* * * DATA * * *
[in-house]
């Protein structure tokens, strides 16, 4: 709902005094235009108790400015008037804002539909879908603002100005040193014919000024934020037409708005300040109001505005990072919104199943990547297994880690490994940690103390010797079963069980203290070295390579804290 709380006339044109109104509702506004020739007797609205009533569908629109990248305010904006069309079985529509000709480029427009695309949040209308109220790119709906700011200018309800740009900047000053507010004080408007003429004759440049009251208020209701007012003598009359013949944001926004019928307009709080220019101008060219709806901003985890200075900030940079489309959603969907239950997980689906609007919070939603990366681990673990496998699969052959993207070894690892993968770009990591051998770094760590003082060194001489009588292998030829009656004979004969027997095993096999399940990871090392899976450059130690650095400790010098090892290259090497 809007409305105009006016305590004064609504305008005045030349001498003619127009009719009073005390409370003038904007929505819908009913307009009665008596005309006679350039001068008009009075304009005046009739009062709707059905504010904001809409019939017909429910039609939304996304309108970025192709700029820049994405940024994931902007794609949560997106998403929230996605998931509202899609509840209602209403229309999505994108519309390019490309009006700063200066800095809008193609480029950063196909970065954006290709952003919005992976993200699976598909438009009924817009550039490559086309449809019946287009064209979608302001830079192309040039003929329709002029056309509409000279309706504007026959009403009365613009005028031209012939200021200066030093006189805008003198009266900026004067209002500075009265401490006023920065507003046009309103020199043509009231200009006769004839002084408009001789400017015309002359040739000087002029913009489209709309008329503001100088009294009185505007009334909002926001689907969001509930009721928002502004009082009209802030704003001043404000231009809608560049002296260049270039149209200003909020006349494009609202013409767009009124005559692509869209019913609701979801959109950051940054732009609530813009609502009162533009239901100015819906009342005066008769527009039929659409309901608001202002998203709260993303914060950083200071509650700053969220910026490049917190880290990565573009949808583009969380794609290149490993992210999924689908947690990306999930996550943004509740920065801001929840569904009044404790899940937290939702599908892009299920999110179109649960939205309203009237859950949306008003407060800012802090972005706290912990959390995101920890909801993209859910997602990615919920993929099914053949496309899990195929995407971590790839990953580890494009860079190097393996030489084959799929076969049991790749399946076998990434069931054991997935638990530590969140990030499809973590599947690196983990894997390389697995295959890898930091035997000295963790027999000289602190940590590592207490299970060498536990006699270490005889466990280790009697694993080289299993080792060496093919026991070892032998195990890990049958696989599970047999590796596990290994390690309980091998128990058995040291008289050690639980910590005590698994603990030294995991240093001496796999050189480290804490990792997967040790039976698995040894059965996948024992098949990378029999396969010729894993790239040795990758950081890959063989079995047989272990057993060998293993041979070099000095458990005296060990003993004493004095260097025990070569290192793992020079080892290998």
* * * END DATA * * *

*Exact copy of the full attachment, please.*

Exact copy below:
[in-house]
């Protein structure tokens, strides 16, 4: 709902005094235009108790400015008037804002539909879908603002100005040193014919000024934020037409708005300040109001505005990072919104199943990547297994880690490994940690103390010797079963069980203290070295390579804290 709380006339044109109104509702506004020739007797609205009533569908629109990248305010904006069309079985529509000709480029427009695309949040209308109220790119709906700011200018309800740009900047000053507010004080408007003429004759440049009251208020209701007012003598009359013949944001926004019928307009709080220019101008060219709806901003985890200075900030940079489309959603969907239950997980689906609007919070939603990366681990673990496998699969052959993207070894690892993968770009990591051998770094760590003082060194001489009588292998030829009656004979004969027997095993096999399940990871090392899976450059130690650095400790010098090892290259090497 809007409305105009006016305590004064609504305008005045030349001498003619127009009719009073005390409370003038904007929505819908009913307009009665008596005309006679350039001068008009009075304009005046009739009062709707059905504010904001809409019939017909429910039609939304996304309108970025192709700029820049994405940024994931902007794609949560997106998403929230996605998931509202899609509840209602209403229309999505994108519309390019490309009006700063200066800095809008193609480029950063196909970065954006290709952003919005992976993200699976598909438009009924817009550039490559086309449809019946287009064209979608302001830079192309040039003929329709002029056309509409000279309706504007026959009403009365613009005028031209012939200021200066030093006189805008003198009266900026004067209002500075009265401490006023920065507003046009309103020199043509009231200009006769004839002084408009001789400017015309002359040739000087002029913009489209709309008329503001100088009294009185505007009334909002926001689907969001509930009721928002502004009082009209802030704003001043404000231009809608560049002296260049270039149209200003909020006349494009609202013409767009009124005559692509869209019913609701979801959109950051940054732009609530813009609502009162533009239901100015819906009342005066008769527009039929659409309901608001202002998203709260993303914060950083200071509650700053969220910026490049917190880290990565573009949808583009969380794609290149490993992210999924689908947690990306999930996550943004509740920065801001929840569904009044404790899940937290939702599908892009299920999110179109649960939205309203009237859950949306008003407060800012802090972005706290912990959390995101920890909801993209859910997602990615919920993929099914053949496309899990195929995407971590790839990953580890494009860079190097393996030489084959799929076969049991790749399946076998990434069931054991997935638990530590969140990030499809973590599947690196983990894997390389697995295959890898930091035997000295963790027999000289602190940590590592207490299970060498536990006699270490005889466990280790009697694993080289299993080792060496093919026991070892032998195990890990049958696989599970047999590796596990290994390690309980091998128990058995040291008289050690639980910590005590698994603990030294995991240093001496796999050189480290804490990792997967040790039976698995040894059965996948024992098949990378029999396969010729894993790239040795990758950081890959063989079995047989272990057993060998293993041979070099000095458990005296060990003993004493004095260097025990070569290192793992020079080892290998």